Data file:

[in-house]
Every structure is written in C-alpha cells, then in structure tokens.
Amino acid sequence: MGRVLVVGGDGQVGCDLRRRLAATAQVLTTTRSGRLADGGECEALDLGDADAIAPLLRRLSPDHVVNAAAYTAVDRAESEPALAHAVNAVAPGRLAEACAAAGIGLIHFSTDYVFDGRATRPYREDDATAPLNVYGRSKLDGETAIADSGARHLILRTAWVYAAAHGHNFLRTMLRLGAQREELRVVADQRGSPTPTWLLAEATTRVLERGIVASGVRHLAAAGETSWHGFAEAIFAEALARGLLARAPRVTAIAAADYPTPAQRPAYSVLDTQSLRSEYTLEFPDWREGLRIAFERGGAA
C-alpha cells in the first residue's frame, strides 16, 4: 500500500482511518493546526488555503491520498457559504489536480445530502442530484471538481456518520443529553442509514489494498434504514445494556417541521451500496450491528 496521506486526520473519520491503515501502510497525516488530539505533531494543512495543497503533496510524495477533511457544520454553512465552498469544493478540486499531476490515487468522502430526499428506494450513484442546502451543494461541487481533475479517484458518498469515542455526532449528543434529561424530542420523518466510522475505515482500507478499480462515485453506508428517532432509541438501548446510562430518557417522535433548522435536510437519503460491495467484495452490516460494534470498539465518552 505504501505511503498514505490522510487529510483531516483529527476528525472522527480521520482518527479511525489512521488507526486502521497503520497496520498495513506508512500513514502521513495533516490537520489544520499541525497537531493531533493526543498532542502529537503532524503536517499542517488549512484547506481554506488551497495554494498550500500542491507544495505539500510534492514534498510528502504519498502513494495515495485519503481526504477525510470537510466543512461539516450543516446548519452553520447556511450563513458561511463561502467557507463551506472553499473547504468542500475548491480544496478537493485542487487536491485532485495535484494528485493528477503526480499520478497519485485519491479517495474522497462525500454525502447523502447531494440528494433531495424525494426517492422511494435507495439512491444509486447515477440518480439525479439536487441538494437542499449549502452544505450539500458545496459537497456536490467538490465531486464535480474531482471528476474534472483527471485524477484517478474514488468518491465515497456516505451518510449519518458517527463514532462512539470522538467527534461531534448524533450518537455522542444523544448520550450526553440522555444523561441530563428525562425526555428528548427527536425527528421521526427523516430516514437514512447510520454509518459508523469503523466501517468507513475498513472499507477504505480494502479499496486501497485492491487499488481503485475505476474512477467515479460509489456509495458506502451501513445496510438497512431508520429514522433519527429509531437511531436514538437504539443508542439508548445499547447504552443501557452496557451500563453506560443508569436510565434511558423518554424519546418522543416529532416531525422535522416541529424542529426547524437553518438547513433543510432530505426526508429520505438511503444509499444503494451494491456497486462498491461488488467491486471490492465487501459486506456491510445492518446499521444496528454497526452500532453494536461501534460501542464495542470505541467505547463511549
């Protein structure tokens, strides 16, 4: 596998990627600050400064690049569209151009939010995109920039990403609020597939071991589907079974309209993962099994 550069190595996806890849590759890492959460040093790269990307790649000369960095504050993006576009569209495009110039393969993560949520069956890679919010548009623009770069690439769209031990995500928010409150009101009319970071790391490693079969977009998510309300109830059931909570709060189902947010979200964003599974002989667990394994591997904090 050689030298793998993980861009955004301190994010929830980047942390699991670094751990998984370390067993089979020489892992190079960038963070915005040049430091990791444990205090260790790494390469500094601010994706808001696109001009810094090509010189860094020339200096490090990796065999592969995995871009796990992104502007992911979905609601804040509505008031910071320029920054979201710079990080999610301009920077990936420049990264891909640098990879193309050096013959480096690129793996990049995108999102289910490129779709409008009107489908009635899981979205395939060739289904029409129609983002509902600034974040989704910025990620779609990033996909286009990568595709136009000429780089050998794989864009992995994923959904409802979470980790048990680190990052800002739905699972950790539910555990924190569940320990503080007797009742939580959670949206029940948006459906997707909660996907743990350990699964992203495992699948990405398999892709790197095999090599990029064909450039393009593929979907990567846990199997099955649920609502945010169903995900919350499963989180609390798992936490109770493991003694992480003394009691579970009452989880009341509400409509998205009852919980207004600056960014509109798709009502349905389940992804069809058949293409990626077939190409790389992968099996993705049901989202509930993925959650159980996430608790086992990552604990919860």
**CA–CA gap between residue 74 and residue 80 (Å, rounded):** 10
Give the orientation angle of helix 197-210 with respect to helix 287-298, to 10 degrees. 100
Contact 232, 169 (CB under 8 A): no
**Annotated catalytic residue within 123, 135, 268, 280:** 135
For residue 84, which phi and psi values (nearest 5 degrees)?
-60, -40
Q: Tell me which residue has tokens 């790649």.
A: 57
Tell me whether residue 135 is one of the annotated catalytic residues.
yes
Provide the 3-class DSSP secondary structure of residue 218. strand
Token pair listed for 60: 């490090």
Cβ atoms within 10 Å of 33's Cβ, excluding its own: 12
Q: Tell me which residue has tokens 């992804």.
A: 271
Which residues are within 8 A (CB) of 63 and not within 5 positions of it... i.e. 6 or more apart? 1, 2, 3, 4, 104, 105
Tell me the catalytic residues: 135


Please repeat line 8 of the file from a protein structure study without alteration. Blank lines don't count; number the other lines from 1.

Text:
Contact 232, 169 (CB under 8 A): no